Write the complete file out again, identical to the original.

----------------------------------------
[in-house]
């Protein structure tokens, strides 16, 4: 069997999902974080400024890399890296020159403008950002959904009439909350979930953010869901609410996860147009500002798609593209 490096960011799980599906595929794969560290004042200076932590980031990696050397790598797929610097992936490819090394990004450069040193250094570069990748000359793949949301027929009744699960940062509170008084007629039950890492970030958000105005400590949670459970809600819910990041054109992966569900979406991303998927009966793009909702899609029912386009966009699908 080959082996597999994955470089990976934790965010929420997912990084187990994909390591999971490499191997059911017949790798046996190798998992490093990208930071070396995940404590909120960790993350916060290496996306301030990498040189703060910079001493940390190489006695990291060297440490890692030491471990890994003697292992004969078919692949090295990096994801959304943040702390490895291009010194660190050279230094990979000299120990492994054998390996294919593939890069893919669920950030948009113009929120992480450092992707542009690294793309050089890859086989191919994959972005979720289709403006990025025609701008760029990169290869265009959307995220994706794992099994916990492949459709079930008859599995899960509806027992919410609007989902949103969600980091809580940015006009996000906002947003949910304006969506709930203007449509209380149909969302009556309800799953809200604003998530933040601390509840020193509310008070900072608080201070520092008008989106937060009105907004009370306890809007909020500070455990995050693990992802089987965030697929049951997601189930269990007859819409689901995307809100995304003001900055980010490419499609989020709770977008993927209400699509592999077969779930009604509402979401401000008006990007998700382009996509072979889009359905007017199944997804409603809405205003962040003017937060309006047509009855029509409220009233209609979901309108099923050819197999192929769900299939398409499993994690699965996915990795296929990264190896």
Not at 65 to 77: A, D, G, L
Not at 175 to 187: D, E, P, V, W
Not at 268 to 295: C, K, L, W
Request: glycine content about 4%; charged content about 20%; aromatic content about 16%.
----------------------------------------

[in-house]
């Protein structure tokens, strides 16, 4: 069997999902974080400024890399890296020159403008950002959904009439909350979930953010869901609410996860147009500002798609593209 490096960011799980599906595929794969560290004042200076932590980031990696050397790598797929610097992936490819090394990004450069040193250094570069990748000359793949949301027929009744699960940062509170008084007629039950890492970030958000105005400590949670459970809600819910990041054109992966569900979406991303998927009966793009909702899609029912386009966009699908 080959082996597999994955470089990976934790965010929420997912990084187990994909390591999971490499191997059911017949790798046996190798998992490093990208930071070396995940404590909120960790993350916060290496996306301030990498040189703060910079001493940390190489006695990291060297440490890692030491471990890994003697292992004969078919692949090295990096994801959304943040702390490895291009010194660190050279230094990979000299120990492994054998390996294919593939890069893919669920950030948009113009929120992480450092992707542009690294793309050089890859086989191919994959972005979720289709403006990025025609701008760029990169290869265009959307995220994706794992099994916990492949459709079930008859599995899960509806027992919410609007989902949103969600980091809580940015006009996000906002947003949910304006969506709930203007449509209380149909969302009556309800799953809200604003998530933040601390509840020193509310008070900072608080201070520092008008989106937060009105907004009370306890809007909020500070455990995050693990992802089987965030697929049951997601189930269990007859819409689901995307809100995304003001900055980010490419499609989020709770977008993927209400699509592999077969779930009604509402979401401000008006990007998700382009996509072979889009359905007017199944997804409603809405205003962040003017937060309006047509009855029509409220009233209609979901309108099923050819197999192929769900299939398409499993994690699965996915990795296929990264190896």
Not at 65 to 77: A, D, G, L
Not at 175 to 187: D, E, P, V, W
Not at 268 to 295: C, K, L, W
Request: glycine content about 4%; charged content about 20%; aromatic content about 16%.